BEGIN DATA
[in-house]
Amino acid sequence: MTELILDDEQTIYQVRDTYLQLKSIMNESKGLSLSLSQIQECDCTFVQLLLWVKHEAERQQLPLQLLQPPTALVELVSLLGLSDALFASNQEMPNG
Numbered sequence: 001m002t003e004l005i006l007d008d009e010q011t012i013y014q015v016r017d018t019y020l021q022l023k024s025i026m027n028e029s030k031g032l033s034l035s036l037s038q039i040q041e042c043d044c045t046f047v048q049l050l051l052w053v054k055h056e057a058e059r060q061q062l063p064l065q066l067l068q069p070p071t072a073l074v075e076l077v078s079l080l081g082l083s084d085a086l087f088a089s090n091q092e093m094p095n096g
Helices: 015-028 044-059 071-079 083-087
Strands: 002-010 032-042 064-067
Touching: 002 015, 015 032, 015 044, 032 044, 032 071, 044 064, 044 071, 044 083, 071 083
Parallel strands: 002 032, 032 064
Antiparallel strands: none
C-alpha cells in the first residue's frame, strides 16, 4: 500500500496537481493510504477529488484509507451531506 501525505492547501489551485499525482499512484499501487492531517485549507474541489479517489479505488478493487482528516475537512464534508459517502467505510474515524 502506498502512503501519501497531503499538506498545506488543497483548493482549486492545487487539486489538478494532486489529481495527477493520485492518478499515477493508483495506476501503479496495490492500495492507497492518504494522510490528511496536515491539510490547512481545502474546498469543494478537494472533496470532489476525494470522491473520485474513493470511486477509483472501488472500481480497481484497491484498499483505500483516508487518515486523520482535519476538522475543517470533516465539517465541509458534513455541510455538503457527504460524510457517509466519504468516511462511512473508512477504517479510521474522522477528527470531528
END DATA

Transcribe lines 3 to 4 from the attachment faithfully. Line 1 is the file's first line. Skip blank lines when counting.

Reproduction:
Numbered sequence: 001m002t003e004l005i006l007d008d009e010q011t012i013y014q015v016r017d018t019y020l021q022l023k024s025i026m027n028e029s030k031g032l033s034l035s036l037s038q039i040q041e042c043d044c045t046f047v048q049l050l051l052w053v054k055h056e057a058e059r060q061q062l063p064l065q066l067l068q069p070p071t072a073l074v075e076l077v078s079l080l081g082l083s084d085a086l087f088a089s090n091q092e093m094p095n096g
Helices: 015-028 044-059 071-079 083-087